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"Friends of the Rail Bridge" continue working to save the 1883 bridge

Attorney Lyle Witham discusses FORB's options on saving the 1883 rail bridge
Dave Thompson
Attorney Lyle Witham discusses FORB's options on saving the 1883 rail bridge

A group that wants to save the 1883 railroad bridge between Bismarck and Mandan over the Missouri River says it is not giving up on its efforts.

Burlington Northern Railroad wants to tear it down and replace it with a new two-track span that the railroad says is designed for modern rail traffic.

The group “Friends of the Rail Bridge – has been working for a number of years to save it – and make it a pedestrian walkway. BN would then build a new bridge with new piers.

"Loss of this bridge should be unthinkable to us," Amy Sakariassesn, North Dakota's advisor to the National Trust for Historic Preservation, spoke at a Bismarck news conference. "It's more than stone and steel. It is a bridge to our past, and in understanding who we are, a bridge to our future."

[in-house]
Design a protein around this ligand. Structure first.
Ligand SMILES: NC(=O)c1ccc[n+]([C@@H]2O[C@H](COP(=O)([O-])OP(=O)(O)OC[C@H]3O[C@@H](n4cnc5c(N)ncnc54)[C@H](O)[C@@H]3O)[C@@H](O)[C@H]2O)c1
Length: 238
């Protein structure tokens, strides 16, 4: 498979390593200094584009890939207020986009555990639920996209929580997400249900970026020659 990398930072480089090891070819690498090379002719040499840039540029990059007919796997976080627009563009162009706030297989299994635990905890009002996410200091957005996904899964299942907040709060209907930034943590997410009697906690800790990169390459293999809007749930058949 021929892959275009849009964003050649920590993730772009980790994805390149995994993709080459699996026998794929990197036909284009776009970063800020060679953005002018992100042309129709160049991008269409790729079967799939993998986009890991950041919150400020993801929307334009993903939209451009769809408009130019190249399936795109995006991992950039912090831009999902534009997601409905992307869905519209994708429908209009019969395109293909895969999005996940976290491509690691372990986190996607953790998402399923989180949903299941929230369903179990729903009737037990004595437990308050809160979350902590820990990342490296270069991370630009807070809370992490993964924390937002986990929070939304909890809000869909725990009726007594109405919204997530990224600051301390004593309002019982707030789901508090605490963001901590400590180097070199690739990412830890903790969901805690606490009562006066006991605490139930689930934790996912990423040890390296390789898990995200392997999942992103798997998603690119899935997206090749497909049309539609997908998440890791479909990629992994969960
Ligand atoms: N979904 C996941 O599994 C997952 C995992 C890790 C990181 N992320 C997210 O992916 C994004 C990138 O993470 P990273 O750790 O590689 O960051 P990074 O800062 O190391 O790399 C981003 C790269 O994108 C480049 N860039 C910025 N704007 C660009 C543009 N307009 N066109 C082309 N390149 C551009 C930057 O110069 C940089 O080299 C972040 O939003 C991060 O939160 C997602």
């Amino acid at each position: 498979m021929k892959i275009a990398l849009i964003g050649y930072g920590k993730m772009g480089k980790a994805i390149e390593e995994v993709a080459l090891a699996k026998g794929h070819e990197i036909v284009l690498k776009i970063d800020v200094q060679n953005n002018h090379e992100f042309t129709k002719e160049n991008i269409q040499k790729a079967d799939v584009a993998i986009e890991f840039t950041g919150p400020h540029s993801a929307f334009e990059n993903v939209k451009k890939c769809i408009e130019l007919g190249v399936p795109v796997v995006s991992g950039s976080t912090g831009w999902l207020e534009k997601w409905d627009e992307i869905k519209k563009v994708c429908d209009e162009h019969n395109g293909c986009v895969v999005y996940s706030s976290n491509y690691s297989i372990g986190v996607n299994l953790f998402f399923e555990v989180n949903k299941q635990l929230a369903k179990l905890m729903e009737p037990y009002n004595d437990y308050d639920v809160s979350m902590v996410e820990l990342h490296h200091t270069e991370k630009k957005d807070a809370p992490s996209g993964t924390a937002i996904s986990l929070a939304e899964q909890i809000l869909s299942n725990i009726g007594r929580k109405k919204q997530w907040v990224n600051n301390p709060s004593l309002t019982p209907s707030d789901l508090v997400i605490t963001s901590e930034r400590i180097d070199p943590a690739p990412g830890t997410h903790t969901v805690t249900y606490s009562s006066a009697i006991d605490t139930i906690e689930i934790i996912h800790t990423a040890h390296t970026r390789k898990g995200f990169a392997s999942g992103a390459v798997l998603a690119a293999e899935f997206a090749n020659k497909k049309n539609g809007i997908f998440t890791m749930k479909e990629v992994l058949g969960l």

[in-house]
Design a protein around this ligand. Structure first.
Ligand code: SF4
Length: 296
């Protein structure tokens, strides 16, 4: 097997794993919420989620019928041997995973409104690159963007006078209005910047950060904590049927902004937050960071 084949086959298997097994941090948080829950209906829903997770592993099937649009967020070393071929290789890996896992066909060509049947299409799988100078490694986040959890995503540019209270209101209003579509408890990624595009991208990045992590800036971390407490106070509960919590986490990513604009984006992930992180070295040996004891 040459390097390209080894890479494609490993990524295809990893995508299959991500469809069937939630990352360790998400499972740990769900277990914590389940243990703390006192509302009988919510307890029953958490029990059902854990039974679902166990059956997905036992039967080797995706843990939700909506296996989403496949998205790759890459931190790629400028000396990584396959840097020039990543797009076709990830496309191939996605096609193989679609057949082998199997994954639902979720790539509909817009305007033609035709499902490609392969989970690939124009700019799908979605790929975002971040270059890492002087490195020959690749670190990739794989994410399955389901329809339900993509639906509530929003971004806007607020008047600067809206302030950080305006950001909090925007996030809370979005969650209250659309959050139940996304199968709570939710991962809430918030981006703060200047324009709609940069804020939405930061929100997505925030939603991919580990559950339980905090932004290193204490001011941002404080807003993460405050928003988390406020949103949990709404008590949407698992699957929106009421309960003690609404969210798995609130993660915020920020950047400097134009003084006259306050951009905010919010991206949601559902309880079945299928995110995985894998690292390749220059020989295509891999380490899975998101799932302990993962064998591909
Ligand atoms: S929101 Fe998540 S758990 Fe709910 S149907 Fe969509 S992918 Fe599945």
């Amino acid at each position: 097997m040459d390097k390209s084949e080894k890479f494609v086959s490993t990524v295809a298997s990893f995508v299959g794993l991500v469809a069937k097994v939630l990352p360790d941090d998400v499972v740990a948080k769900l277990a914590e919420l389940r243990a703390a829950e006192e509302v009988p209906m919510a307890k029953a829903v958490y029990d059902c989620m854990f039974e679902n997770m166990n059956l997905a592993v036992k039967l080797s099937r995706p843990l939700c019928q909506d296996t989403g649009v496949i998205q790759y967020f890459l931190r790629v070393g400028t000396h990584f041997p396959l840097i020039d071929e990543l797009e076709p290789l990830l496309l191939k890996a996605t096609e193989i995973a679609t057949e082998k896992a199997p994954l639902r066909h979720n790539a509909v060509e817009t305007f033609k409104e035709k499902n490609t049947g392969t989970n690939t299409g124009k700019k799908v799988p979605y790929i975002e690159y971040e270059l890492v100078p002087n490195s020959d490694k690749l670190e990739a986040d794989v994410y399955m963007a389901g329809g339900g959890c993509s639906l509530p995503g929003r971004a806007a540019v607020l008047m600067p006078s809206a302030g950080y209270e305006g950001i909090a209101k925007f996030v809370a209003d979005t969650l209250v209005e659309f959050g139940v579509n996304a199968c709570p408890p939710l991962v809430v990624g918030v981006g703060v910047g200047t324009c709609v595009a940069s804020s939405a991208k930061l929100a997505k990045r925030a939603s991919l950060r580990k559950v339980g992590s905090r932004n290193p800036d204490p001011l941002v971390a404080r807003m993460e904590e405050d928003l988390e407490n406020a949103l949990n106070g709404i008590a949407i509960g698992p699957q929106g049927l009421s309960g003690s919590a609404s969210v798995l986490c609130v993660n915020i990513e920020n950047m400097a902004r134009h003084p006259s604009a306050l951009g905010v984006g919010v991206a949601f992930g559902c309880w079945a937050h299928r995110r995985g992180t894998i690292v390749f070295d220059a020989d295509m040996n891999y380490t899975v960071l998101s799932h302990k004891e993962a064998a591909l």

The group is pursuing a number of legal avenues to save the bridge – including fighting the railroad’s attempts to have a Sovereign Lands permit issued by the State Engineer and the state Water Resources Board, allowing the bridge to be torn down.

The group’s president -- Mark Zimmerman – said preserving the bridge will be an asset to the Bismarck-Mandan community. And he said saving it will produce numerous benefits, beyond recreation and tourism.

"That includes fostering civic pride, increasing historic awareness, and stimulating economic development along the Missouri River," Zimmerman said. "Some of our greatest attractions in the area are the historic sites within the view of this great bridge."

Supporters point to a 2019 feasibility study –conducted by NDSU Landscape Architecture – which said repurposing the bridge is economically, culturally and environmentally feasible.

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